Cranbrook’s ‘Too Fast to Live’ exhibit celebrates the art of punk rock | DETROIT FREE PRESS

Cranbrook Art Museum in the News
Press Coverage
Shepard Fairey
Too Fast to Live, Too Young to Die: Punk Graphics, 1976-1986

July 2, 2018

From album covers to concert posters, each genre of music comes equipped with its own visual language that often feels like an extension of the music itself.

At the Cranbrook Art Museum’s new exhibition “Too Fast to Live, Too Young to Die: Punk Graphics, 1976-1986,”  punk rock’s visual lexicon gets its due. The exhibit is considered to be the largest of its kind and includes displays featuring posters, zines and everything in between.

While “Too Fast to Live” isn’t an exhibit based on musical history, it does manage to present a roughly chronological and visual timeline tracing the evolution of the punk and new wave music genres overseas and in the U.S. via New York City.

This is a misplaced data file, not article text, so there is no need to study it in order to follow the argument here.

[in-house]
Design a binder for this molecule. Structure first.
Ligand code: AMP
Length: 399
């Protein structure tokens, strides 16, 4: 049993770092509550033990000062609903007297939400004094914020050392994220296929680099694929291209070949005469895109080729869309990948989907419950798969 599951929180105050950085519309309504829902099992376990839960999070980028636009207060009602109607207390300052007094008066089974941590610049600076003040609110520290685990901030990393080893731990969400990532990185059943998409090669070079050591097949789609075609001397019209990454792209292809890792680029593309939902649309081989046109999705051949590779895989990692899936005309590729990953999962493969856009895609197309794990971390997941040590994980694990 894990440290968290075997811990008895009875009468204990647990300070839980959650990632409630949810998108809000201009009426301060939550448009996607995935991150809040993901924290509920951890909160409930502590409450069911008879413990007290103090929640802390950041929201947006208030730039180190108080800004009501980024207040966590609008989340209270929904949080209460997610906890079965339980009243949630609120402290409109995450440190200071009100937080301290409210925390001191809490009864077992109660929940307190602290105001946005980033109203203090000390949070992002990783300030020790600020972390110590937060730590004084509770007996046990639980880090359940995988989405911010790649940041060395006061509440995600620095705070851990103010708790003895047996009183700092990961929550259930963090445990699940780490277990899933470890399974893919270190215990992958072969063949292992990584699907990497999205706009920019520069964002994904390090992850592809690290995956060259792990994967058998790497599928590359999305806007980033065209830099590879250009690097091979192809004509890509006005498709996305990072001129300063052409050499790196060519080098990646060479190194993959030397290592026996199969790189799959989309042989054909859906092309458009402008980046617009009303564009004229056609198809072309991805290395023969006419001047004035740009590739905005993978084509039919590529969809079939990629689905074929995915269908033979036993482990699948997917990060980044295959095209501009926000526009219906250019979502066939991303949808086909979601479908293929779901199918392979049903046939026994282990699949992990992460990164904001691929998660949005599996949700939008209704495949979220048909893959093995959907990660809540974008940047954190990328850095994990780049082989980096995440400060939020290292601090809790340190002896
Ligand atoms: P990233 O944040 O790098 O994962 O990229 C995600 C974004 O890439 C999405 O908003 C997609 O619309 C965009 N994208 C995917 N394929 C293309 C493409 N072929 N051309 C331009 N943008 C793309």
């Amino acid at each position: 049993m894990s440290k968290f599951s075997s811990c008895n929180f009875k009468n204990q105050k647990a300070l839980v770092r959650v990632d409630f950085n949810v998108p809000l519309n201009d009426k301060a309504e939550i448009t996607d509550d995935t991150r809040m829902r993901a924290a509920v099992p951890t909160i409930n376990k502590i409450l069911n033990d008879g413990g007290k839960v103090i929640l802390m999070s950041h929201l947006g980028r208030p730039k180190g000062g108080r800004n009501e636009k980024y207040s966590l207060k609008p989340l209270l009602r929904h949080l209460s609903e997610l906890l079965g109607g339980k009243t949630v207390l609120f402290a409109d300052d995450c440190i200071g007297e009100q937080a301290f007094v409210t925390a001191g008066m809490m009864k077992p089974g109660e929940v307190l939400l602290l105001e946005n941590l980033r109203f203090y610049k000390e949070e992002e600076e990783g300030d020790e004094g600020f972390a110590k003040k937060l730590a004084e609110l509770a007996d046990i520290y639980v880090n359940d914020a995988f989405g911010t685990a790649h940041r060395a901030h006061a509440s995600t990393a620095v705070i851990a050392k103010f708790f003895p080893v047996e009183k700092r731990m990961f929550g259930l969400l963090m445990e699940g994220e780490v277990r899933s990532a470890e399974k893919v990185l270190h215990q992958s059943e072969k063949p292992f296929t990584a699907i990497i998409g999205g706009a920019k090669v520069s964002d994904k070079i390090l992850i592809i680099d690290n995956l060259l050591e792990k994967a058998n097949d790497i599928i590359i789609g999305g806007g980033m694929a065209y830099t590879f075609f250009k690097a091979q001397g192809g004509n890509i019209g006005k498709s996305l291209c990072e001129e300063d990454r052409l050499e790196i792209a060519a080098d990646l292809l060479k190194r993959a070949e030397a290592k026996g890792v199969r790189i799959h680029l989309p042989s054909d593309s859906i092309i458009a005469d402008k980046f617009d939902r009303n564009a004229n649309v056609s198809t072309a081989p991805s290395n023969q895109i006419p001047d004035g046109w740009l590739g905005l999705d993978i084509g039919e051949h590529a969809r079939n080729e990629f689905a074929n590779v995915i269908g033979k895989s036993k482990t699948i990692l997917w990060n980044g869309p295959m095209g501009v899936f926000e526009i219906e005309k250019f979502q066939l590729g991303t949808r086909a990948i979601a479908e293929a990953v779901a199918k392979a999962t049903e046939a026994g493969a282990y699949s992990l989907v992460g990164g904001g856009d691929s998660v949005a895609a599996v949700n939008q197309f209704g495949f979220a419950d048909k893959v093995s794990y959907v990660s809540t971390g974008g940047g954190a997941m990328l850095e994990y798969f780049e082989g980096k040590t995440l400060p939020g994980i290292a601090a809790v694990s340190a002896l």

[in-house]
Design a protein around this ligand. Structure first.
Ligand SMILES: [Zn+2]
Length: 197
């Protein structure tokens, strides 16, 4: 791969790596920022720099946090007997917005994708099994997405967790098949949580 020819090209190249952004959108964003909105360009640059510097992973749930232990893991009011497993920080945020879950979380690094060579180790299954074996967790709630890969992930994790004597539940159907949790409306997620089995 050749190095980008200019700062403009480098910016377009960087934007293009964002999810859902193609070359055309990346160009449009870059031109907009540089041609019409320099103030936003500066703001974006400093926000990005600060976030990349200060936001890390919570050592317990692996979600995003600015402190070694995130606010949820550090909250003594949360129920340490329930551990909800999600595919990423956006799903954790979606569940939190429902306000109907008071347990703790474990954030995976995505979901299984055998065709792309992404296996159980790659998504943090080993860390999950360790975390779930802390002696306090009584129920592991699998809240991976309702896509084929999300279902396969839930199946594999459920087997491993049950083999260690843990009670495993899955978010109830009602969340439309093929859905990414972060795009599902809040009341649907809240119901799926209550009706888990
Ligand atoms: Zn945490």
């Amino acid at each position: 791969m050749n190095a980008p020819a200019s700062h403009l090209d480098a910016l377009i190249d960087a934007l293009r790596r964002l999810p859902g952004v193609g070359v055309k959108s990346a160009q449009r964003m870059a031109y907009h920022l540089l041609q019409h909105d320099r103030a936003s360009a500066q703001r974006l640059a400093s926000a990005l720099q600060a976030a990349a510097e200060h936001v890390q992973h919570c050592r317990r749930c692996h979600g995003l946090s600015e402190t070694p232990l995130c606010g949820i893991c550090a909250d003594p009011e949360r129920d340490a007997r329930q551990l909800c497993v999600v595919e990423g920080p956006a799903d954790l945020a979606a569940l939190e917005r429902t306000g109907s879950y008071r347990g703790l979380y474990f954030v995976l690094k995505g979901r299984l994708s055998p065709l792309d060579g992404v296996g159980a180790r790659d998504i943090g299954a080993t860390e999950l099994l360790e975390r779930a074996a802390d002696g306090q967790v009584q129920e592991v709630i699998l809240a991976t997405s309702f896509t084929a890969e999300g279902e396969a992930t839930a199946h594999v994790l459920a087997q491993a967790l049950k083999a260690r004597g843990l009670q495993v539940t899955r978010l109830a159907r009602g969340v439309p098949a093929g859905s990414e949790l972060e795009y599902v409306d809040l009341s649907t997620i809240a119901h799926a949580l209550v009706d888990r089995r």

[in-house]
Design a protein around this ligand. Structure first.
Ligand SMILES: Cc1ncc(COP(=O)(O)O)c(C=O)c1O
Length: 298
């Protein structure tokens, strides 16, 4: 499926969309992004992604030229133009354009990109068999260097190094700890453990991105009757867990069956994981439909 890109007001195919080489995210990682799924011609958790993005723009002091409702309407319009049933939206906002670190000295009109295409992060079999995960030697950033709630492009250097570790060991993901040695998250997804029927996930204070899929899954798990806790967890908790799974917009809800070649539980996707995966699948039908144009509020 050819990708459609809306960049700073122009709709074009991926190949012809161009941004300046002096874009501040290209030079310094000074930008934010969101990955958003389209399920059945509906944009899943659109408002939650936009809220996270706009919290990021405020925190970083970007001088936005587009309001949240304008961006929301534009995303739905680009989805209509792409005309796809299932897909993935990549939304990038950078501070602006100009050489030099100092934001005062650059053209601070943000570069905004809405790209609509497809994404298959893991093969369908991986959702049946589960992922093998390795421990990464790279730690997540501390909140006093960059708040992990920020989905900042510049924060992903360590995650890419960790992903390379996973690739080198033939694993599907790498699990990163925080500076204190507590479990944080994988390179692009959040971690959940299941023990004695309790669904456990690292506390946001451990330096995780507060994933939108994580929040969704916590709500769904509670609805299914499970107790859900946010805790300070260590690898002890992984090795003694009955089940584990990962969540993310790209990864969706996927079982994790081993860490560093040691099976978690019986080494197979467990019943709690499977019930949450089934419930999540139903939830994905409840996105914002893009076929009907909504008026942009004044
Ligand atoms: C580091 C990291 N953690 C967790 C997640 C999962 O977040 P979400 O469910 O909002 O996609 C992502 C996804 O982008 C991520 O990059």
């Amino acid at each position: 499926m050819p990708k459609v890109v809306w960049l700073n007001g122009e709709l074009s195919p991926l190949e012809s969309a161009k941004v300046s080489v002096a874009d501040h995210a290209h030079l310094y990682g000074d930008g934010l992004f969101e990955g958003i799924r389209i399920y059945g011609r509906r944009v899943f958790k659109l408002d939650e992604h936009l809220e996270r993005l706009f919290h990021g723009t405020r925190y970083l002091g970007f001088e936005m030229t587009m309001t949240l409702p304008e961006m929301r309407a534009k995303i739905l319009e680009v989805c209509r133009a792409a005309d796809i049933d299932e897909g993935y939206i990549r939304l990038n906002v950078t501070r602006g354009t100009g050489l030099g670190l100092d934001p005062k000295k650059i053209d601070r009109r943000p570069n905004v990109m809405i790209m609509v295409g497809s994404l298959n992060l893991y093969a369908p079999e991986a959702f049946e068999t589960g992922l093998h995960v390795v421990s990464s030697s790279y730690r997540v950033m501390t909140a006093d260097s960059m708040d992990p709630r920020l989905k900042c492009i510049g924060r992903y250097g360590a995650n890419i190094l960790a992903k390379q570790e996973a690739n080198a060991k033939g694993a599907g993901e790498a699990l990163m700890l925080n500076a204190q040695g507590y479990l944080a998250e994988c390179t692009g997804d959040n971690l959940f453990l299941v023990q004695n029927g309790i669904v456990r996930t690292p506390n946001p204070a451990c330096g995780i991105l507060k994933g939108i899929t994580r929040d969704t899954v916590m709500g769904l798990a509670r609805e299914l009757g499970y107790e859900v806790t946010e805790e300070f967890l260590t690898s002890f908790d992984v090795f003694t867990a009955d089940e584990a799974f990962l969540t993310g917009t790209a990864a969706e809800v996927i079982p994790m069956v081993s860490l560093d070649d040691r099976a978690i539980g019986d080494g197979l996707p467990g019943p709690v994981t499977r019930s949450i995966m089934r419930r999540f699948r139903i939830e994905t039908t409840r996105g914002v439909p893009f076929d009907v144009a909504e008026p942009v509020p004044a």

During this era, New York served as ground zero for a critical mass of counterculture musicians and artists who were forging an aesthetic that continues to be an influential force in contemporary design.

Source: DETROIT FREE PRESS



Posted In: Cranbrook Art Museum in the News, Press Coverage, Shepard Fairey, Too Fast to Live, Too Young to Die: Punk Graphics, 1976-1986

Media Inquiries:
Julie Fracker
Director of Communications
Cranbrook Academy of Art and Art Museum
248.645.3329
jfracker@cranbrook.edu.

Cranbrook Art Museum's Lower Level Galleries are open. Enjoy Pay-As-You-Wish Admission through October 29.